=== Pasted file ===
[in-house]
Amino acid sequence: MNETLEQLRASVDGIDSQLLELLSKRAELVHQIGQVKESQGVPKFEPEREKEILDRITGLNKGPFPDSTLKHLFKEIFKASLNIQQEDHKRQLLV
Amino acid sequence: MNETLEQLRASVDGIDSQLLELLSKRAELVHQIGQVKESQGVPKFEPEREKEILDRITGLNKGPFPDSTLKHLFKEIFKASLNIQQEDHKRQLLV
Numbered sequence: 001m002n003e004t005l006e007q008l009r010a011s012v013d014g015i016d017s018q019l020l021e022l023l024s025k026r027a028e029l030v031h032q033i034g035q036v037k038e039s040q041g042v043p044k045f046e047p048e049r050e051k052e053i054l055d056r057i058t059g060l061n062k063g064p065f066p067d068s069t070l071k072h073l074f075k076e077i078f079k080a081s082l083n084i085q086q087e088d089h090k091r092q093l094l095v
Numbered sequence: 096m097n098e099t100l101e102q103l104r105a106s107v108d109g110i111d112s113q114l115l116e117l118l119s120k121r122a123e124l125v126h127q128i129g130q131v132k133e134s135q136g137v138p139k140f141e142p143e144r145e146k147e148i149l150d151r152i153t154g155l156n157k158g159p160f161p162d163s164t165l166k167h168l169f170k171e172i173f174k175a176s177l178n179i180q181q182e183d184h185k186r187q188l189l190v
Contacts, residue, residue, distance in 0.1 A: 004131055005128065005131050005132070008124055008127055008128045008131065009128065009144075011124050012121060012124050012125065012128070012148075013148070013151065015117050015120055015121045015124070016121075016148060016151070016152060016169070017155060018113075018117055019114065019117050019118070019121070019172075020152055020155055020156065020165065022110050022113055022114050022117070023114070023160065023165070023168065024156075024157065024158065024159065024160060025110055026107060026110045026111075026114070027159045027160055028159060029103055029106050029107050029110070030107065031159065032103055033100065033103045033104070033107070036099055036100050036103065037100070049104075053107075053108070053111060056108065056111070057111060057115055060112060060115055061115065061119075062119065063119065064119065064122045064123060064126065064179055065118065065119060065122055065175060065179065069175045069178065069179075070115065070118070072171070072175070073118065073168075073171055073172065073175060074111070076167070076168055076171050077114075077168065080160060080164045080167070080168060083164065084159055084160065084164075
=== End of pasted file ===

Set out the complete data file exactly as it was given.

[in-house]
Amino acid sequence: MNETLEQLRASVDGIDSQLLELLSKRAELVHQIGQVKESQGVPKFEPEREKEILDRITGLNKGPFPDSTLKHLFKEIFKASLNIQQEDHKRQLLV
Amino acid sequence: MNETLEQLRASVDGIDSQLLELLSKRAELVHQIGQVKESQGVPKFEPEREKEILDRITGLNKGPFPDSTLKHLFKEIFKASLNIQQEDHKRQLLV
Numbered sequence: 001m002n003e004t005l006e007q008l009r010a011s012v013d014g015i016d017s018q019l020l021e022l023l024s025k026r027a028e029l030v031h032q033i034g035q036v037k038e039s040q041g042v043p044k045f046e047p048e049r050e051k052e053i054l055d056r057i058t059g060l061n062k063g064p065f066p067d068s069t070l071k072h073l074f075k076e077i078f079k080a081s082l083n084i085q086q087e088d089h090k091r092q093l094l095v
Numbered sequence: 096m097n098e099t100l101e102q103l104r105a106s107v108d109g110i111d112s113q114l115l116e117l118l119s120k121r122a123e124l125v126h127q128i129g130q131v132k133e134s135q136g137v138p139k140f141e142p143e144r145e146k147e148i149l150d151r152i153t154g155l156n157k158g159p160f161p162d163s164t165l166k167h168l169f170k171e172i173f174k175a176s177l178n179i180q181q182e183d184h185k186r187q188l189l190v
Contacts, residue, residue, distance in 0.1 A: 004131055005128065005131050005132070008124055008127055008128045008131065009128065009144075011124050012121060012124050012125065012128070012148075013148070013151065015117050015120055015121045015124070016121075016148060016151070016152060016169070017155060018113075018117055019114065019117050019118070019121070019172075020152055020155055020156065020165065022110050022113055022114050022117070023114070023160065023165070023168065024156075024157065024158065024159065024160060025110055026107060026110045026111075026114070027159045027160055028159060029103055029106050029107050029110070030107065031159065032103055033100065033103045033104070033107070036099055036100050036103065037100070049104075053107075053108070053111060056108065056111070057111060057115055060112060060115055061115065061119075062119065063119065064119065064122045064123060064126065064179055065118065065119060065122055065175060065179065069175045069178065069179075070115065070118070072171070072175070073118065073168075073171055073172065073175060074111070076167070076168055076171050077114075077168065080160060080164045080167070080168060083164065084159055084160065084164075